Baltimore Symphony musicians sign four-month contract extension, amid discussions of shorter future seasons

Posted on: November 2, 2018

Musicians of the Baltimore Symphony Orchestra, “who had been playing without a contract since Sept. 9, agreed on Nov. 1 to a four-month extension of the previous collective bargaining agreement,” writes Tim Smith in Friday’s (11/2) Baltimore Sun. “They did so two days after receiving an offer from management [that] proposed reducing the orchestra’s current status as a 52-week ensemble … to one with a 40-week season. The BSO has been a 52-week orchestra for 35 years. A reduction to 40 weeks would entail a decrease in base salaries for musicians and would effectively eliminate a summer season. ‘It was a total shock,’ said violinist Greg Mulligan, co-chair of the players’ committee…. In a statement released late on Nov. 1, the musicians said that management ‘is openly calling for conversion … from a full-time, world-class symphony orchestra into a part-time regional orchestra.’ BSO management was unavailable for comment, but the marketing and communications department released a statement saying that there have been ‘$16 million in losses over the past ten years’ and that ‘a careful analysis of our current financial situation’ has led to the conclusion that it is ‘not feasible to maintain our current business model as a 52-week orchestra.’ ”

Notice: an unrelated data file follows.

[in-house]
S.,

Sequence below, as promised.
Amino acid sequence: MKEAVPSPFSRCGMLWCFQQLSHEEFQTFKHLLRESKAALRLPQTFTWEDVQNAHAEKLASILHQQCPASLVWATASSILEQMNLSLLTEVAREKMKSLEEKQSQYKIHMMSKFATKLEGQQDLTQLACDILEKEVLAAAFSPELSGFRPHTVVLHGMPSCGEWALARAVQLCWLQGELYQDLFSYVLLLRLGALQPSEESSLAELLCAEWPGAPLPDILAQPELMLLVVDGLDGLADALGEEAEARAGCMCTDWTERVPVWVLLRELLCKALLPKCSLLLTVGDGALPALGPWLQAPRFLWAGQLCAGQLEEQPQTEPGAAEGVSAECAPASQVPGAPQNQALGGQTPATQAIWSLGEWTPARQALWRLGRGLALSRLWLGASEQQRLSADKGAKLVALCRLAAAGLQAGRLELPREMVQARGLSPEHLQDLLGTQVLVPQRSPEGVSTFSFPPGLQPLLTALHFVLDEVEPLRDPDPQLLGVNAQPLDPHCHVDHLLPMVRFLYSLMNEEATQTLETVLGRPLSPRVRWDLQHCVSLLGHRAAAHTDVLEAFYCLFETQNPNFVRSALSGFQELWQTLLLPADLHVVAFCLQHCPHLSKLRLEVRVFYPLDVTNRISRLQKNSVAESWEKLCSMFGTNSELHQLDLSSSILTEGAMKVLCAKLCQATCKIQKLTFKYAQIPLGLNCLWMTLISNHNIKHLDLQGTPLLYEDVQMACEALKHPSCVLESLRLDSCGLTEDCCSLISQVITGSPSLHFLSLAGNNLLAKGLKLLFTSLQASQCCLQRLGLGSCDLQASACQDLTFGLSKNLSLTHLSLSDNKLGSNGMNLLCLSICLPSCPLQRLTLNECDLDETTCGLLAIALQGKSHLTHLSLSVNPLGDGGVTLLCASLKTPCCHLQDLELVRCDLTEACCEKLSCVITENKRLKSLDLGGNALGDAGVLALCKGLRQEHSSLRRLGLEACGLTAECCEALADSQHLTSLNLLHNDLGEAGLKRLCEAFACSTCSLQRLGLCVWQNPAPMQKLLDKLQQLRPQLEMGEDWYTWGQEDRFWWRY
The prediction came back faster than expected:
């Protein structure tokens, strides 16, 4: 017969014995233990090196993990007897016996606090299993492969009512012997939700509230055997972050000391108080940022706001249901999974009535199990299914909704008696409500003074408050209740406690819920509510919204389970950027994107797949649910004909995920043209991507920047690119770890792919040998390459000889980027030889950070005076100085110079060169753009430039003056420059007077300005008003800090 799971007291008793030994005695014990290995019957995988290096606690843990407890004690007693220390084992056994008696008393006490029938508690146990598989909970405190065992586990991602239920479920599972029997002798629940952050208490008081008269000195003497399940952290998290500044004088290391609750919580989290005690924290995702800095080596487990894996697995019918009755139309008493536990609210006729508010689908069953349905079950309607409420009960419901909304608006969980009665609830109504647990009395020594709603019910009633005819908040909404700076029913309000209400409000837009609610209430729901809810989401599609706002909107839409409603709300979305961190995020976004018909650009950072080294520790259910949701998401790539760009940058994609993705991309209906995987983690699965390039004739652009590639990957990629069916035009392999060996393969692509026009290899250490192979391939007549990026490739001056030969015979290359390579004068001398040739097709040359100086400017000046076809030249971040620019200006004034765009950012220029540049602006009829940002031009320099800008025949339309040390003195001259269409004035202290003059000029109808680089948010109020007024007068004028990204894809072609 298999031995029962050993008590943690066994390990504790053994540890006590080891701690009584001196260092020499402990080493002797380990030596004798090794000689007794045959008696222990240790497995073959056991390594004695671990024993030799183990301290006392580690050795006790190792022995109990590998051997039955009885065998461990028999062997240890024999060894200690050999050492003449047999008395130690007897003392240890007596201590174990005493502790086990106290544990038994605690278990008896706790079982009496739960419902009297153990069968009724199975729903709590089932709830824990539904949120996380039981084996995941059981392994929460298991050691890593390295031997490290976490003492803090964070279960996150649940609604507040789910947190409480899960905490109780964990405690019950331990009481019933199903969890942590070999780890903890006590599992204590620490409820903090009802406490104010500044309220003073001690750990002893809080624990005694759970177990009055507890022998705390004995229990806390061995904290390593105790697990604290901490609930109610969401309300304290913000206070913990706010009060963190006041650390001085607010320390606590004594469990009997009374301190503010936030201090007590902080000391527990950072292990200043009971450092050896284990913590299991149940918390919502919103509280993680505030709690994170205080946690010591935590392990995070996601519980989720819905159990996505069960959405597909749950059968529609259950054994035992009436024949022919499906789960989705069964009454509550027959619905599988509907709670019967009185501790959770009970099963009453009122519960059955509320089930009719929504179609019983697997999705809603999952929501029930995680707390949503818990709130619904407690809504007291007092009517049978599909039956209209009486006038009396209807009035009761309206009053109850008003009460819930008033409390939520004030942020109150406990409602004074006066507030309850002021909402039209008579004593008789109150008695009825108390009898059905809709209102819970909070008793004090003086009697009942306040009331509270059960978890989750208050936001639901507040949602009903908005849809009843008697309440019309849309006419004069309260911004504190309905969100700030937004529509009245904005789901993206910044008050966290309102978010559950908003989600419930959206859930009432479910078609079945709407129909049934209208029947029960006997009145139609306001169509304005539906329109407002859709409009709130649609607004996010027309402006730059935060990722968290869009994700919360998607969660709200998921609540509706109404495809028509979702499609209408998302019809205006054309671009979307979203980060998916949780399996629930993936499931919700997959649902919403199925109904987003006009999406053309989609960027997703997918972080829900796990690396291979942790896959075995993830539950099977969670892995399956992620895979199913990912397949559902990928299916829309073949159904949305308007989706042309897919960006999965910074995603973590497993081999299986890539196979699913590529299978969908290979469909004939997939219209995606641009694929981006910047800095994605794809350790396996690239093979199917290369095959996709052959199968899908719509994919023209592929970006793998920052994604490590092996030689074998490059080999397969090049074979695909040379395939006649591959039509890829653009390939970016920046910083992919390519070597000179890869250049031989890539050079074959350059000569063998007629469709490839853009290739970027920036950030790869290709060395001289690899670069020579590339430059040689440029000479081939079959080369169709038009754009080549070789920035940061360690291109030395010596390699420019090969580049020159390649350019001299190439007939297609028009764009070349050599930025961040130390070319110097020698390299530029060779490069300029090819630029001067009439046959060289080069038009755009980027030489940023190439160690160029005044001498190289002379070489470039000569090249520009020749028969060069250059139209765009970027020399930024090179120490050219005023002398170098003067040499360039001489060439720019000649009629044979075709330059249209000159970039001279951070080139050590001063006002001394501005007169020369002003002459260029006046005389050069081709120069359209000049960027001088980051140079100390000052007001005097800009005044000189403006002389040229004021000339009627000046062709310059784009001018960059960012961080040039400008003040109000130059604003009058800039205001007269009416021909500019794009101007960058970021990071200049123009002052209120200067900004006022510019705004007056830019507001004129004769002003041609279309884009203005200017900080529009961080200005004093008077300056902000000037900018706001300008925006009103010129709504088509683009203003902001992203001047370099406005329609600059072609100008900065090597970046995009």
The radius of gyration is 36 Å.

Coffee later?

Posted November 2, 2018